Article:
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Healthy Aging > aging well

By Judy Freedman

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After a fabulous five days on the "Rhineland Discovery" pre-trip to BrugesGhent and Amsterdam, Belgium, it was time to set sail aboard the Viking EIR (courtesy of Viking River Cruises).*

Welcome to Kinderdijk
By Saturday morning we arrived in Kinderdijk, a village community in the Dutch countryside, home to the largest concentration of windmills in The Netherlands. My boyfriend L and I were ready to go exploring.

"I'm very proud to have you in this area," said our guide, Hans, as he led our group across the dike to the windmills. "There are 19 mills. Everything is automatic with computer systems. The pump stations do what the windmills used to do," said Hans. "However, the windmills are in working condition if needed."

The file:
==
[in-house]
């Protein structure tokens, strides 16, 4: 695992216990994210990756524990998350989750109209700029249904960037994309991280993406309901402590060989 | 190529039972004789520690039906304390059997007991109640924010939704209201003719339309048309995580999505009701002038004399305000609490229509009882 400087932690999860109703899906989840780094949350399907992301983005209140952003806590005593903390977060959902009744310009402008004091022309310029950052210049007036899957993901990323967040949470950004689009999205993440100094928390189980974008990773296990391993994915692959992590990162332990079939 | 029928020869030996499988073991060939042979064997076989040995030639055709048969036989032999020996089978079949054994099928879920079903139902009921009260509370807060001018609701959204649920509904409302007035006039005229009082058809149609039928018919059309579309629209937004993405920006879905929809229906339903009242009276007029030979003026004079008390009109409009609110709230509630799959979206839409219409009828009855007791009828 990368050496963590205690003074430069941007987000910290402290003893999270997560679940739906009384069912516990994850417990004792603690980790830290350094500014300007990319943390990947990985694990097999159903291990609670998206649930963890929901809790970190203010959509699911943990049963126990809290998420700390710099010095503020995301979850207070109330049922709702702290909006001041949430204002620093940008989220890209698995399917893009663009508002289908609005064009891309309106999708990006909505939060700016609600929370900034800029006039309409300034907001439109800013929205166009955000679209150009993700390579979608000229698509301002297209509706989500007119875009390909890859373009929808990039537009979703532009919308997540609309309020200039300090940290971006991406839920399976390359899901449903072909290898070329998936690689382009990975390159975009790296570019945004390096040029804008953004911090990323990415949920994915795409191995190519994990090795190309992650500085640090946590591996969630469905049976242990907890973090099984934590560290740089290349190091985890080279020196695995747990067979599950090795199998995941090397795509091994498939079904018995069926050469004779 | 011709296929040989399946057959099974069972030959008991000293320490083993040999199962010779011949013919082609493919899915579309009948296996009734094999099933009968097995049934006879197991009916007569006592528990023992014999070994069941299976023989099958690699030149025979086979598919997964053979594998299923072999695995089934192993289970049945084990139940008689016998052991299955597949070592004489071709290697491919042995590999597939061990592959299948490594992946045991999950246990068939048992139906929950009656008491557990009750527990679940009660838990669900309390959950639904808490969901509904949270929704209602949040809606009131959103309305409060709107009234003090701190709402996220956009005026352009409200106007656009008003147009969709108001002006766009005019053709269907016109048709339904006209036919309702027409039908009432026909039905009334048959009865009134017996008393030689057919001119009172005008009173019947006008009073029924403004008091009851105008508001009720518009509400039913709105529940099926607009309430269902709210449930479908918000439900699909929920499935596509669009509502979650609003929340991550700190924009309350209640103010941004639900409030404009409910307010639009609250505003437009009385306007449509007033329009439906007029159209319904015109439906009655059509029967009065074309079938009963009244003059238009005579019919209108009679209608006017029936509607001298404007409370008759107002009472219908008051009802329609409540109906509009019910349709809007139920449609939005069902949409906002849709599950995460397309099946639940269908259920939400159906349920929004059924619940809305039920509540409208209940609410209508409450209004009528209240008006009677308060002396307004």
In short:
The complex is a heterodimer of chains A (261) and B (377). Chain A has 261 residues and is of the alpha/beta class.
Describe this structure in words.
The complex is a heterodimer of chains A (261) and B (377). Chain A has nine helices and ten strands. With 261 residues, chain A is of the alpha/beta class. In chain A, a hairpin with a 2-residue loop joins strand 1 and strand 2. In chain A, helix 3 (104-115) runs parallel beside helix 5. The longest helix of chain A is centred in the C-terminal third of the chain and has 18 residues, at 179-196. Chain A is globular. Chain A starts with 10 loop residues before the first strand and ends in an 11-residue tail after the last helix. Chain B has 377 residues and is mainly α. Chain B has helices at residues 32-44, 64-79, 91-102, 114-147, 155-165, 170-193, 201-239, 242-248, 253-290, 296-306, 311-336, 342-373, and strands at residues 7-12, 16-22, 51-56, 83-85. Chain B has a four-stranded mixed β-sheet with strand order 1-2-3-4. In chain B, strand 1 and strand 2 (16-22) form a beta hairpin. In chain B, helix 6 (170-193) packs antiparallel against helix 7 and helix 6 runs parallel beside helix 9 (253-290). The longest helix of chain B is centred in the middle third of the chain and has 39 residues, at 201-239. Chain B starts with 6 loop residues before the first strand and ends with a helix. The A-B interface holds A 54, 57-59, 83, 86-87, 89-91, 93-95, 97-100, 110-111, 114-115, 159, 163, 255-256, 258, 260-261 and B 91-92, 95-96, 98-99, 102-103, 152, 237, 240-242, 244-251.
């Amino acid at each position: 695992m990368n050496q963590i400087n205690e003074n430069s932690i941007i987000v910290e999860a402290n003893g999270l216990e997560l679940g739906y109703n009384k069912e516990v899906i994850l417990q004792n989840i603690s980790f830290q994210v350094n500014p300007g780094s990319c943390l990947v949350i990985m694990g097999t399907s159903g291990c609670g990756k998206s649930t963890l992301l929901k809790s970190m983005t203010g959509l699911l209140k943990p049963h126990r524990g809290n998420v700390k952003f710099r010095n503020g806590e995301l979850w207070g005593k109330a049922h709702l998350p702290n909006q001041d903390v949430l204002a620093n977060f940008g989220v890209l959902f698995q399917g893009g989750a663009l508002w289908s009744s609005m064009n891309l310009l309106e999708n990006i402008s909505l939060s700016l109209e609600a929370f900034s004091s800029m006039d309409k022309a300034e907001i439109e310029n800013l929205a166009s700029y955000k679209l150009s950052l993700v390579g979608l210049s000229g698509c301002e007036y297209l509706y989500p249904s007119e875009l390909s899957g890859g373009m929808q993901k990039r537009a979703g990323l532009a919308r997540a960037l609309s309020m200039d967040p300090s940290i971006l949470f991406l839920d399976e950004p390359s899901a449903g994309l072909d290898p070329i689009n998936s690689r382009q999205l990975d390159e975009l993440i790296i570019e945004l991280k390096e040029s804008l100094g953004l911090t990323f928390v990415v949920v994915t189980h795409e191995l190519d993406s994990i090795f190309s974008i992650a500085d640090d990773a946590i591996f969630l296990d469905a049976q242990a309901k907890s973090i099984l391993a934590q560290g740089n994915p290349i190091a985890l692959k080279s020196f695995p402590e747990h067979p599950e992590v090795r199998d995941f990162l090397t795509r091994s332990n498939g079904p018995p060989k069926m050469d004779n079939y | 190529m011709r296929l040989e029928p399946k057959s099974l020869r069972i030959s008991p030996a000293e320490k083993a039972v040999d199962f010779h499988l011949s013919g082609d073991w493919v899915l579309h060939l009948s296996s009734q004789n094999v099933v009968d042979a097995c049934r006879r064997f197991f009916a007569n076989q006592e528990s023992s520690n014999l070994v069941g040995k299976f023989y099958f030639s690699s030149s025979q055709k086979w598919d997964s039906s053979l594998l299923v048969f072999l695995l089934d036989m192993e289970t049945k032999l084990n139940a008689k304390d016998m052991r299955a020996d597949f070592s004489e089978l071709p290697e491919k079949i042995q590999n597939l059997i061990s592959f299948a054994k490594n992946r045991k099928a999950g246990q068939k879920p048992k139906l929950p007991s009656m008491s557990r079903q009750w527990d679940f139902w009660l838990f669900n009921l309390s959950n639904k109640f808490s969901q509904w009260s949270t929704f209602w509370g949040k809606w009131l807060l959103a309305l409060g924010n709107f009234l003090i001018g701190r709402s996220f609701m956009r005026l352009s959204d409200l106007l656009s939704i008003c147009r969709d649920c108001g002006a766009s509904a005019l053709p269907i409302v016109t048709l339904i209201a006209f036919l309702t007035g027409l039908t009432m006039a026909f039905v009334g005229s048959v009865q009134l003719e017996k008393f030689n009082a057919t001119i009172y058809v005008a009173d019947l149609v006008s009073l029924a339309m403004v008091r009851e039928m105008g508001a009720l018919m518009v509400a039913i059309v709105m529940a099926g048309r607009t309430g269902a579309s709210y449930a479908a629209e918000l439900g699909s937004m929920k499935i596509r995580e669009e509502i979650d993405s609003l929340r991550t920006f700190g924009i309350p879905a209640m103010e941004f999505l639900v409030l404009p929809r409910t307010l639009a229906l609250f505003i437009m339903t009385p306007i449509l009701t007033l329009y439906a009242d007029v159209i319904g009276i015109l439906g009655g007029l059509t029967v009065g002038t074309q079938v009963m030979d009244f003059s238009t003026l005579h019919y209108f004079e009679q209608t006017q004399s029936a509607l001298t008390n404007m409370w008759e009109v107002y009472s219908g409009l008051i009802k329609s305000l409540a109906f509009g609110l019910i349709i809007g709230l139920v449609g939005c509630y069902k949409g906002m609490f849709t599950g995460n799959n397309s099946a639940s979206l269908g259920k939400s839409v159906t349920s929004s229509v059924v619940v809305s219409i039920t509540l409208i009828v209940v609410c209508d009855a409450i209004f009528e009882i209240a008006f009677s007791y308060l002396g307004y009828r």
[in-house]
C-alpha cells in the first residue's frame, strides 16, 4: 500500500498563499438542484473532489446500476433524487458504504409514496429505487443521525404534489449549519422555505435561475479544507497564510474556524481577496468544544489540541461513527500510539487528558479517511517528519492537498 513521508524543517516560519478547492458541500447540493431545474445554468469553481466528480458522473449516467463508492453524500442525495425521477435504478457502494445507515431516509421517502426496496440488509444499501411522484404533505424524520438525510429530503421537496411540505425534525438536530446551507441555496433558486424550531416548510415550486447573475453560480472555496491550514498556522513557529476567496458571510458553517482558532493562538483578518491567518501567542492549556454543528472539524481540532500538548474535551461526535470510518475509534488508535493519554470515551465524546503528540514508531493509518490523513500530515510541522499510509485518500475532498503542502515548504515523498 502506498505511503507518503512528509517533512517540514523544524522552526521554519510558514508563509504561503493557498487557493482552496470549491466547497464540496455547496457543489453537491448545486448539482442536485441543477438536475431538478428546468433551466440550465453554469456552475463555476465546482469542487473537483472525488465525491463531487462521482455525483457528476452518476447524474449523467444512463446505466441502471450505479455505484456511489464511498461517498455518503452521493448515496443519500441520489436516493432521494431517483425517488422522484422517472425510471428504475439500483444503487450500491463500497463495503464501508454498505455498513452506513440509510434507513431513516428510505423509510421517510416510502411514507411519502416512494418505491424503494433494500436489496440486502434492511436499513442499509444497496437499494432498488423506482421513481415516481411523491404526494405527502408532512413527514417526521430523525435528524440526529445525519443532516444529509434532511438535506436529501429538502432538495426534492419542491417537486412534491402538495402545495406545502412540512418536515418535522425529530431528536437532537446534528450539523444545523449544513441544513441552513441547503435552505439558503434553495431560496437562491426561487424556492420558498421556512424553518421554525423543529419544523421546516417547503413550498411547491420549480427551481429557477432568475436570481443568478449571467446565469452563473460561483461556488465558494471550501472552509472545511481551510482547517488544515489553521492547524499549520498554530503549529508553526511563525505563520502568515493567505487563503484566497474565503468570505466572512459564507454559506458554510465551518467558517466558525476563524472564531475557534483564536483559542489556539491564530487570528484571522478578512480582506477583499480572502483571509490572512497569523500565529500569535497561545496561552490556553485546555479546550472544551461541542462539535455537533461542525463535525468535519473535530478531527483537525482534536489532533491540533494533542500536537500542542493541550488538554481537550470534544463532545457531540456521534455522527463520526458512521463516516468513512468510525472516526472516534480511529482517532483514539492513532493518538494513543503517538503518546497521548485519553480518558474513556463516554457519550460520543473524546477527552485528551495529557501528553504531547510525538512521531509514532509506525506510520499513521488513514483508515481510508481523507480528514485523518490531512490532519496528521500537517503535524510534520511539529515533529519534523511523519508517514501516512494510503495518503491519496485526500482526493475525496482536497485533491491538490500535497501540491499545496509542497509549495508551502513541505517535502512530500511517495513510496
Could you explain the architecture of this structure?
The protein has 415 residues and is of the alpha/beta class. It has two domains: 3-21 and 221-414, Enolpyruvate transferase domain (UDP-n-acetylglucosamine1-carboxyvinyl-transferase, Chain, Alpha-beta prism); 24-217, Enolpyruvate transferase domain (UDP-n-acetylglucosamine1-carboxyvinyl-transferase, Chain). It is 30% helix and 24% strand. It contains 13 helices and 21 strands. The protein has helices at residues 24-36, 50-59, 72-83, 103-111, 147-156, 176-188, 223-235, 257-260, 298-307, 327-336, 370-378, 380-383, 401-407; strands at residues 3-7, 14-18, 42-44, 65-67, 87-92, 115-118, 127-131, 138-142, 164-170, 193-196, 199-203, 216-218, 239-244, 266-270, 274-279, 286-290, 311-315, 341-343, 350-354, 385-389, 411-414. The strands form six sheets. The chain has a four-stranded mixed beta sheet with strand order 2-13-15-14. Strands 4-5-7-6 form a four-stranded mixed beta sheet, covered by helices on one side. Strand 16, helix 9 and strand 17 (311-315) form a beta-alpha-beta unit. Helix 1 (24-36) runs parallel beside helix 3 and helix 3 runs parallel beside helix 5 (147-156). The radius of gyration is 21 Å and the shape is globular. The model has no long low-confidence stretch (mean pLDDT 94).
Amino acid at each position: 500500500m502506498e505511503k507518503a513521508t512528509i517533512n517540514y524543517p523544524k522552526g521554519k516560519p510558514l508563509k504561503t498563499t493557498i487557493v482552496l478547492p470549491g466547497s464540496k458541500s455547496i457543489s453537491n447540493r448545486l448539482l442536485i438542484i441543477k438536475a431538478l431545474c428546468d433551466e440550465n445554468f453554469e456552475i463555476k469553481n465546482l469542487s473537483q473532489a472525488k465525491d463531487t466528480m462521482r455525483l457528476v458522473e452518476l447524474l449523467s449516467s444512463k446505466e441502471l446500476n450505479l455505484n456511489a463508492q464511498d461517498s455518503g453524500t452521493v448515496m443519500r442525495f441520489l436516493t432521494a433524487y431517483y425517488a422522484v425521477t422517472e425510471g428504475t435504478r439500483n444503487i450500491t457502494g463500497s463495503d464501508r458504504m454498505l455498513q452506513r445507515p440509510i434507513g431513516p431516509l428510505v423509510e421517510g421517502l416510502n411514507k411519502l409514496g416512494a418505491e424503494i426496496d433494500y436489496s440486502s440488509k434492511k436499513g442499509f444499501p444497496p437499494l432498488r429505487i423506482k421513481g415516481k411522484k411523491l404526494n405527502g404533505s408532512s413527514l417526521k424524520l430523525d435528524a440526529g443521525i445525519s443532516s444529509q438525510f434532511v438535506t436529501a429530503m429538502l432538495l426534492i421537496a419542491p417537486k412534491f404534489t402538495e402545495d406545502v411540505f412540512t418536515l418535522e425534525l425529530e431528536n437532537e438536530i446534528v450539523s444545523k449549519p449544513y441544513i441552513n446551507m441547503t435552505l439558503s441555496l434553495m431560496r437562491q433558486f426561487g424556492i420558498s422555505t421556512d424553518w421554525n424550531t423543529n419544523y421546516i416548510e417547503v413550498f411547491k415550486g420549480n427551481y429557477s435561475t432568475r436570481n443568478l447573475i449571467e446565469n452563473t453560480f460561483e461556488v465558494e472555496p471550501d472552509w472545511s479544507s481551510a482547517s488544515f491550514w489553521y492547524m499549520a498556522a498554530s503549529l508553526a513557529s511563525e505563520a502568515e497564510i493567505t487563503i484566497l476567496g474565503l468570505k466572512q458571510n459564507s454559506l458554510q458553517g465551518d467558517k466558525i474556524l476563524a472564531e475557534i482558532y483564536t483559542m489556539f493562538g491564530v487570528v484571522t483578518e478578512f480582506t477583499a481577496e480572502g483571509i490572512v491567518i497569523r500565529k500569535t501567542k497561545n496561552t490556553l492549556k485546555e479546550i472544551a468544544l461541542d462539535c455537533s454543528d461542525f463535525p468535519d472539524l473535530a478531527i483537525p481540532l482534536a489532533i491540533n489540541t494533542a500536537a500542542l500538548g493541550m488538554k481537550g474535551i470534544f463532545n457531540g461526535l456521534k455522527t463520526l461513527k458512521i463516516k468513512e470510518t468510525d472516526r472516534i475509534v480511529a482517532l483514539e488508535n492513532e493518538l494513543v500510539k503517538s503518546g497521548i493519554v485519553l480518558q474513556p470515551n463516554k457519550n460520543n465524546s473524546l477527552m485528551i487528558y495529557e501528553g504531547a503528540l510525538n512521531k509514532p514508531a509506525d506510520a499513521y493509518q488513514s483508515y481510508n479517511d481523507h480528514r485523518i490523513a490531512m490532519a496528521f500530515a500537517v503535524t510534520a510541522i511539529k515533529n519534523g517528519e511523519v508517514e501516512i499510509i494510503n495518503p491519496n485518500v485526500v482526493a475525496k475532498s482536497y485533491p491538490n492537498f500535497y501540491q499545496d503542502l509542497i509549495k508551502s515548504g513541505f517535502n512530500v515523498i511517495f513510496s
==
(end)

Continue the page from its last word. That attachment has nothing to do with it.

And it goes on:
There are 19 windmills in Kinderdijk.

He told us about the millers, who live in the mills. "They must complete schooling to operate the mills. The millers have regular jobs and maintain the mills," said Hans. After touring outside, we went inside, climbing up narrow ladders to reach each floor. It was amazing to think that centuries ago large families, like the family shown below, often lived in these tiny spaces.


A very large family lived in the mill centuries ago.

Before leaving Kinderdijk, I bought a few Delft Blue china souvenirs and made L take a picture of me with my feet in the big wooden clogs nearby the gift shop.


I had big shoes to fill.

Setting Sail for Germany
I spent the afternoon on deck while we cruised to Germany. The Rhine was just as the Viking brochure had described it: "Bucolic waters, lush landscapes, Friesian cows, and tidy villages with their neatly laid farmhouses." It was a very relaxing ride.


Bucolic views on the Rhine.

Our program director, Daniel, gave a German lesson in the lounge. "Guten abend. Wie geht es dir?" I said to L that evening, meaning, "Good evening. How are you?" German reminded me of the Yiddish language that my grandmother used to speak. There were many similarities.